Diseases We Thought We’d Wiped Out
Leprosy — yes, leprosy — might be back. And it's not the only illness. What's going on here?
Attendance may be back to near normal at Indian Hills Elementary School in Riverside County, California, but parents remain on edge knowing that two students are suspected of having leprosy, or Hansen’s disease. Their tests have not come back yet.
Officials from the school sent a note home to parents letting them know of the unconfirmed cases last week. It’s unsettling.
“Diseases that re-emerge can be tied back to our behavior — measles, staph infections, and tuberculosis,” said one expert.
About 40 percent of parents kept their kids home at the beginning of last week, district officials said. Superintendent Elliott Duchon believes that now parents better understand the disease is communicable only via prolonged contact with someone who is infected and is treatable with antibiotics.
“In my opinion, there is a lot about these cases that does not fit the epidemiological picture of leprosy,” said Dr. Meghan May, an associate professor of microbiology and infectious diseases at the University of New England College of Medicine.
“At this point, we do not know if the two children [suspected of having leprosy] are living in the same household, or if either have a history of travel to countries where leprosy cases are more common. If neither of these possibilities are true, the presumptive diagnosis of Hansen’s disease is quite remarkable, and it is very important that the diagnosis is confirmed before drawing many conclusions,” May told LifeZette.
Leprosy was largely believed to be eradicated globally as a public health problem (with a prevalence of less than 1 case per 10 000 persons) in 2000, so it’s rare that the issue arises.
It is estimated 95 percent of us are immune to the bacteria and not susceptible to the disease, according to the National Hansen’s (Leprosy) Disease Program. Still, there are 100 to 200 cases reported in the U.S. each year. More than 16 million leprosy patients have been treated worldwide over the past 20 years.
- 175 cases in U.S. in 2014
- Florida, California, New York, Louisiana, Texas, and Hawaii contributed largest number of cases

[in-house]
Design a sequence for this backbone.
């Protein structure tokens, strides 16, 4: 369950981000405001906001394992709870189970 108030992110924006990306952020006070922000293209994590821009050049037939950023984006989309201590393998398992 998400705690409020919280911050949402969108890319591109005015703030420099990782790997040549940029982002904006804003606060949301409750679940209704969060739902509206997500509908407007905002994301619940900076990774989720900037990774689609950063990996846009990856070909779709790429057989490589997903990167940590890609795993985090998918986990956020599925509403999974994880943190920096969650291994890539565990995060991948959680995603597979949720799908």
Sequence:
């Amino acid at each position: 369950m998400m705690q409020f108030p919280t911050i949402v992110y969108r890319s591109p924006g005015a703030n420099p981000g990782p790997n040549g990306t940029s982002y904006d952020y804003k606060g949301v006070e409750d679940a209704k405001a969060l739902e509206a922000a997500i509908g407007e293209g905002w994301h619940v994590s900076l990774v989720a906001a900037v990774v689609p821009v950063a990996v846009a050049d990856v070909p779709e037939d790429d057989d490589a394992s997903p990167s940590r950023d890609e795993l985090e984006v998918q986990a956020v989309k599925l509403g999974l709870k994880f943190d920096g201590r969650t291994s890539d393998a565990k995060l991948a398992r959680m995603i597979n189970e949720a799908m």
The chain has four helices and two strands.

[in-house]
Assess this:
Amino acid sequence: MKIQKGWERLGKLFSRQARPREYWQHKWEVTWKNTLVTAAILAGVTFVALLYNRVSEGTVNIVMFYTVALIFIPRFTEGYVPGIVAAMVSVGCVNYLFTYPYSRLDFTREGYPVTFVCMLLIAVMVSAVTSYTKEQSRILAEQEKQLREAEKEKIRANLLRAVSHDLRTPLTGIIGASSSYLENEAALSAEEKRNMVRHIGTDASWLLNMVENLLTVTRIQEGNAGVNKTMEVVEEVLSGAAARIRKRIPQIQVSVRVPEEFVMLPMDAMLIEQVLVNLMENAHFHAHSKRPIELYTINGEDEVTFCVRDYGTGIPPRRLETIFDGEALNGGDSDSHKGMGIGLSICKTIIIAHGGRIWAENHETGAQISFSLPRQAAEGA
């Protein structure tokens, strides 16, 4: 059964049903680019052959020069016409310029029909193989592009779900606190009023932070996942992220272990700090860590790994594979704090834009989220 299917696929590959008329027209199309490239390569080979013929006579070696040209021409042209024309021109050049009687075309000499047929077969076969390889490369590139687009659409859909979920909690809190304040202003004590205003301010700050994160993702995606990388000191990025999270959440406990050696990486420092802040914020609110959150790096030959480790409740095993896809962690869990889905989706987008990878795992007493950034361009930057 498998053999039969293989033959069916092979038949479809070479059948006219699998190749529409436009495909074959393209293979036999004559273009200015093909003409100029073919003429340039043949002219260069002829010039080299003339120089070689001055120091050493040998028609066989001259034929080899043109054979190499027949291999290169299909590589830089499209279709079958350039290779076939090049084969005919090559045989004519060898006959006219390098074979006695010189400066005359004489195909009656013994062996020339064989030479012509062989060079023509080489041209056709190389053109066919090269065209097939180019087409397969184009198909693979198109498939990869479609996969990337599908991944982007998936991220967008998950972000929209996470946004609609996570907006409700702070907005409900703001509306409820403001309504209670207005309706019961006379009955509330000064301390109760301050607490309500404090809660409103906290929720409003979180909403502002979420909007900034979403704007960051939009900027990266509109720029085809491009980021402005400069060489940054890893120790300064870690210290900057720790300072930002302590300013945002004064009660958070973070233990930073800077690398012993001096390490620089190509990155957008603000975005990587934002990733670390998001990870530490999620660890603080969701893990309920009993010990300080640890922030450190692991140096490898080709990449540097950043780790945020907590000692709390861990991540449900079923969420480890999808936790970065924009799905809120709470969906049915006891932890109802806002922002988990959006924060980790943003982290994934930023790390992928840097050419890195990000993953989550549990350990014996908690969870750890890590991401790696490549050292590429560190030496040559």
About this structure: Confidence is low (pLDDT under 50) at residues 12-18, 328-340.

- Can last for years or be lifelong
- Presents with pale-colored, disfiguring skin sores, lumps, bumps
Leprosy is just one of a number of diseases that persist, however, despite ways to treat or eradicate them — so cases of emerging and re-emerging diseases in places like Riverside County are not necessarily surprising, May said. It has a very high population density and a high level of international travel relative to the rest of the country.
“Americans should be paying very, very close attention to those diseases whose re-emergence can be tied back to our behavior — the most glaring examples that jump to mind include measles, staph infections, and tuberculosis,” said May. And she added significantly, “The resurgence of many notorious diseases easily can be attributed to globalization, antibiotic resistance, and falling vaccination rates.”
Measles resurgence is specifically tied to lapsed vaccination rates. Drug-resistant tuberculosis is related to incomplete and unfinished treatment. Drug-resistant staph infections can be caused by the same — along with the over-prescription of antibiotics and hospitals, plus health care settings where people with compromised immune systems are especially at risk.
- Crimean-Congo haemorrhagic fever
- Lassa fever
- Rift Valley fever
“As a scientist and a mother of young children, I promise that the single best action you can take to maintain your children’s health and the health of the children in your community is to vaccinate them.”
Vaccines are the cornerstone of combating infectious diseases, said Dr. Amesh Adalja, a board-certified infectious disease physician at the University of Pittsburgh — they have literally added decades to human life. “Their incalculable benefit outweighs any fears, which are often arbitrary, that people may have regarding them.”
Chikungunya virus, May pointed out, is additionally something to watch for. In the past 18 months, it has gotten a foothold in Latin America and the Caribbean; and as is the case with Zika, the United States has the appropriate mosquito vectors to spread the disease locally. Chikungunya patients experience fever and pain during their illness, and can be left with ongoing pain after the illness ends.
"I suspect we will see more new or unexpected diseases. Different places around the world have wildly different regulations with regard to agricultural, open-air markets where animal slaughter may be happening in close proximity to large crowds of people, municipal insect vector control, and antibiotic use. All of these factors — human/animal contact, human/insect contact, and proper use of antibiotics — directly contribute to new and emerging diseases."
And if diseases emerge in one part of the world, she added — they can be rapidly transported back to the United States.